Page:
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Few complaints as Chicagoans required to mask up — again

Cook County also will be requiring masks, starting Monday.

Damon Good wears a mask outside Western Union in the Bronzeville neighborhood, Friday morning, Aug. 20, 2021. An indoor mask mandate for both vaccinated and unvaccinated people two years old or older took effect again on Friday to stop the spread of COVID-19.
Pat Nabong/Sun-Times

Chicagoans seemed to be on board Friday with the city reinstating an indoor mask mandate — and Cook County residents will be under a similar requirement starting Monday.

County health officials announced that all individuals will be required to wear a mask indoors in multi-unit residential buildings and public places, such as restaurants, movie theaters, retail establishments, fitness clubs and on public transportation. Businesses have been ordered to post signs.

“We have no choice but to mandate that people wear masks indoors to help contain this spread of the virus,” Dr. Rachel Rubin, co-lead and senior medical officer of Cook County Department of Public Health, said in a statement.

The city and county mandates, which apply to anyone age 2 or older, regardless of vaccination status, come amid a surge in the Delta variant and after two months of relative face freedom following the lifting of most COVID-19 restrictions locally.

“It’s a little thing to prevent a big thing,” said Don Brogdon, 61, as he left a Mariano’s grocery store Friday in Roscoe Village.

Speaking through a mask adorned with playful Australian Shepherds, Mary Rhodes, 78, said bringing the mandate back was a “no brainer.”

“The mayor is doing the right thing, and I hope businesses enforce it,” said Rhodes, a retired fundraiser from North Center whose son, a therapist in Chicago, recently had a breakthrough case of COVID-19.

“And it’s the right thing for kids,” said Rhodes, noting she was old enough to remember the scourge of polio and how some kids had to be put on “iron lungs.”

She said she gets “ticked off” over people who refuse to wear masks because they feel it steps on their personal liberty.

“You can’t shout fire in a crowded theater, and those people that think their rights are being infringed upon need to read a little more,” she said.

Alaina Davis, 40, a data administrator for a large hospital system, said she hates masks but appreciates the need to wear one.

“I’m tired of it. For me to get a shot and be fully vaccinated and go through the side effects and still have to wear a mask, it’s hell, it’s really hell and it’s disappointing,” said Davis, who lives in Maywood and was leaving a salon in Humboldt Park after getting her hair done.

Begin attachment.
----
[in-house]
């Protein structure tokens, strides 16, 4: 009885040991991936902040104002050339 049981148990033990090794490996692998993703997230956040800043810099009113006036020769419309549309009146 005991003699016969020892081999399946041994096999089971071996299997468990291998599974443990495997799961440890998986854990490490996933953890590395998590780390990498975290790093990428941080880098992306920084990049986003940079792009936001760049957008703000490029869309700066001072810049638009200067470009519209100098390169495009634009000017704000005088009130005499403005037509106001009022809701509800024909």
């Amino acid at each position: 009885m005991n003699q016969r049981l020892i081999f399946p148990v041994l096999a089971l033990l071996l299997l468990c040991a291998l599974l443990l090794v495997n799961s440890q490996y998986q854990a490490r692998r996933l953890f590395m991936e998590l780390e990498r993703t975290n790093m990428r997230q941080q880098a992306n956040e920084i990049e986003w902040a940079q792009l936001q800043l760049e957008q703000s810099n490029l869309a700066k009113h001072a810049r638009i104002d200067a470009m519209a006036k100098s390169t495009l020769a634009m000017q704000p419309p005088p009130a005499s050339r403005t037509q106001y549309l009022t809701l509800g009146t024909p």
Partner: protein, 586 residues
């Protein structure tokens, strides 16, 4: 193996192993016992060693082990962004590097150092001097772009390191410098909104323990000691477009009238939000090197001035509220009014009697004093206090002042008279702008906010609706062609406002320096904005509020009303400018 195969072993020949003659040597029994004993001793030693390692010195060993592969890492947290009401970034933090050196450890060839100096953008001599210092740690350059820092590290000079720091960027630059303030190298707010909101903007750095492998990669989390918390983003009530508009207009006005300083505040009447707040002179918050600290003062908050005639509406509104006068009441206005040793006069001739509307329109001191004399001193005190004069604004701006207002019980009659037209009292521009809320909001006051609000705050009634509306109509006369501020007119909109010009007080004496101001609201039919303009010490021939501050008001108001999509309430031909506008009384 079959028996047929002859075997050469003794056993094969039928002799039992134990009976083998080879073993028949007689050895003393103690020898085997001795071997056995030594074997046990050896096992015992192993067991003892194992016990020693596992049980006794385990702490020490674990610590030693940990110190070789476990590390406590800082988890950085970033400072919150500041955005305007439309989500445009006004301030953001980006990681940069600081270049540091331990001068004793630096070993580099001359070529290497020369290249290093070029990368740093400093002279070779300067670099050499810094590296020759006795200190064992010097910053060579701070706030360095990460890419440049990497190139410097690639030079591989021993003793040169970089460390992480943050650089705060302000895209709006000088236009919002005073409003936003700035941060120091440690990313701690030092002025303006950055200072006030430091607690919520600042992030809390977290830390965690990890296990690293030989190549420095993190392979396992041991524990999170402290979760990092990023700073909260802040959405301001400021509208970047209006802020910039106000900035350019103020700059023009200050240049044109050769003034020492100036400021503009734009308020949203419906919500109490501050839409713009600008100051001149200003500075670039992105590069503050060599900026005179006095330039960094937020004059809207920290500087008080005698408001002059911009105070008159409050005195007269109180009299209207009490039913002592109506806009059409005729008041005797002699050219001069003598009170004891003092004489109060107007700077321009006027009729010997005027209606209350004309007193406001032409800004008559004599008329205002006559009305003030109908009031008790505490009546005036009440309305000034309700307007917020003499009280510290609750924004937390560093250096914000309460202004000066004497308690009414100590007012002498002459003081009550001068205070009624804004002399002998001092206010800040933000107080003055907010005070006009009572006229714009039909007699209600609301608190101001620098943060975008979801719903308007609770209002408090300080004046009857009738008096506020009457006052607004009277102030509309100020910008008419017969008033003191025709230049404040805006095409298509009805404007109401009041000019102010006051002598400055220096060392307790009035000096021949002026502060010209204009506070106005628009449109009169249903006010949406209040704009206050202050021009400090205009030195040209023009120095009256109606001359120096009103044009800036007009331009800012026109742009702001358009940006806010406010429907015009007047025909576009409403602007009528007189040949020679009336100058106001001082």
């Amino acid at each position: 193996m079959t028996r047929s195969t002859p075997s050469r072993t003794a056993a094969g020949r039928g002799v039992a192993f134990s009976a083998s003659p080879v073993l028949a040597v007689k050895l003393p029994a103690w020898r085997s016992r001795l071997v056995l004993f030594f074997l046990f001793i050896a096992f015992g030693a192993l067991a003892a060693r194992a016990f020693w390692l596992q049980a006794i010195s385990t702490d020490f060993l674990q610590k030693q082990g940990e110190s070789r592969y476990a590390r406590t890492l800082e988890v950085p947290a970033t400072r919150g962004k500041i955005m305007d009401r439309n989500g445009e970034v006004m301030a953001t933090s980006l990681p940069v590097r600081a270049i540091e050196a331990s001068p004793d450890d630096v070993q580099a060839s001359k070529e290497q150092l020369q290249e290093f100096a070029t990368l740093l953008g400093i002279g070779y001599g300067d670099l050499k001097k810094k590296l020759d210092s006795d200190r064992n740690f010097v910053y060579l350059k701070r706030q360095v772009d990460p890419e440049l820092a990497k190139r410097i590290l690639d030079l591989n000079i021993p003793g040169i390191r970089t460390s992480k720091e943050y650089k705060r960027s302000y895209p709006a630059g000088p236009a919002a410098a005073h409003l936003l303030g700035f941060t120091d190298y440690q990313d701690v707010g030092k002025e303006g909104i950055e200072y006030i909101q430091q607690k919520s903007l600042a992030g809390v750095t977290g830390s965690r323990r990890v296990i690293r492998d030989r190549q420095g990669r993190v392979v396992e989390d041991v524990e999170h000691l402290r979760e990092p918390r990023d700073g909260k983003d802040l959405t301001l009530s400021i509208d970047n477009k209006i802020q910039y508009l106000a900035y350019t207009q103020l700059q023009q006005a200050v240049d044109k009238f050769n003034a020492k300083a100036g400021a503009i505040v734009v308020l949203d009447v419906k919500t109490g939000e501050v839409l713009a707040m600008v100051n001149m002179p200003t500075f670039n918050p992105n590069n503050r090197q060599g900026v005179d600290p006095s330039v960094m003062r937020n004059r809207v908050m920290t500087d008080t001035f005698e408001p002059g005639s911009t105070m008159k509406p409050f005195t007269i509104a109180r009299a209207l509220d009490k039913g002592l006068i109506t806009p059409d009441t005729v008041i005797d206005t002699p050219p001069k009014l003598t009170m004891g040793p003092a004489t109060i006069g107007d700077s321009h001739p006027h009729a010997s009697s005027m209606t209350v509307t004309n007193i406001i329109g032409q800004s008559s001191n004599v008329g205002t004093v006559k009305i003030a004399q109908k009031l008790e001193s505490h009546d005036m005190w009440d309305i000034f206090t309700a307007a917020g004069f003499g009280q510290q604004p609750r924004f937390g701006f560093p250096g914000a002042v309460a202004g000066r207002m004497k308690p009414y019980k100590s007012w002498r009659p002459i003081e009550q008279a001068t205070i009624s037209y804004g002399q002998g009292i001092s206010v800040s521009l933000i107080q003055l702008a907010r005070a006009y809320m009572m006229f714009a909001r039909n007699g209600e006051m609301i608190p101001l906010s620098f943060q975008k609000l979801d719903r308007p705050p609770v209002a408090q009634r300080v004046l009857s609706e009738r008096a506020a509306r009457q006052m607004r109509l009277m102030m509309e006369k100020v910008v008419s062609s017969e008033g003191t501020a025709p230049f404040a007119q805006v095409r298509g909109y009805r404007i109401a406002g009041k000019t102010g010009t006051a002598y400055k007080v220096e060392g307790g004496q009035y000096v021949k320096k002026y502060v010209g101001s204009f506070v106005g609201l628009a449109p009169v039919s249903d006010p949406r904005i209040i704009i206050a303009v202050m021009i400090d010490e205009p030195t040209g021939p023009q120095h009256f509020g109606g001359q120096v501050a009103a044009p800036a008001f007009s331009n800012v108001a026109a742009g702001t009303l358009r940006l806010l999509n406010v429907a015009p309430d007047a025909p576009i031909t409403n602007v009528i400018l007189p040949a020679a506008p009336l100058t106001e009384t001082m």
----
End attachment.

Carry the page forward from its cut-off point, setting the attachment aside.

“But I think about the children and the elderly when it comes to wearing a mask,” she said. “You don’t want to see anyone fighting for their life on a ventilator.”

Eduardo Arocho, 50, who gives walking tours of Humboldt Park, thinks the mask mandate should never have been removed.

He pointed to himself as proof they work. “I haven’t died ... so, so far so good,” Arocho said.

Edwin Torres, 34, and his wife, Emily Guerrero, 30, disagree on masks, but both will wear them.

“I think it’s a good thing because you don’t know who’s actually vaccinated and who’s not, so it would be the best thing for us to go back to a mask mandate until we get it under control,” Torres, a general contractor from Humboldt Park, said while walking his dogs.

For Guerrero, though, the toothpaste is already out of the bottle.

“It’s too late, the city opened up, and we did way too much to go back to the mask mandate. I feel like it’s pointless; whatever is going to happen already happened,” she said, referring to infectious spread.

Madelyn Amos, 23, applauded the mask mandate.

“I’ve had COVID, and it was horrible. So if I can protect someone from not having that experience I’d do what it takes, plus I have three friends who’ve had breakthrough cases,” she said.

Peter Hong, 51, a pastor from Logan Square who was headed inside a Planet Fitness in Logan Square to lift weights, said he’s “100 % in favor” of the mandate.

“I think it’s important for us to look out for the common good, or our collective need as a society,” he said.

Cornell Shepard, who works as a convention center security guard and lives in Bronzeville, doesn’t think COVID-19 is as dangerous as it’s being portrayed and doesn’t believe in masks — but he’ll wear one anyways.

“I think it’s just a simple cold,” Shepard, who is unvaccinated, said while filling up his car at a gas station at 47th Street and Michigan Avenue.

“The youth, we don’t need them. But I don’t have a problem with wearing a mask, I will abide by it. But it sucks, man, it sucks.”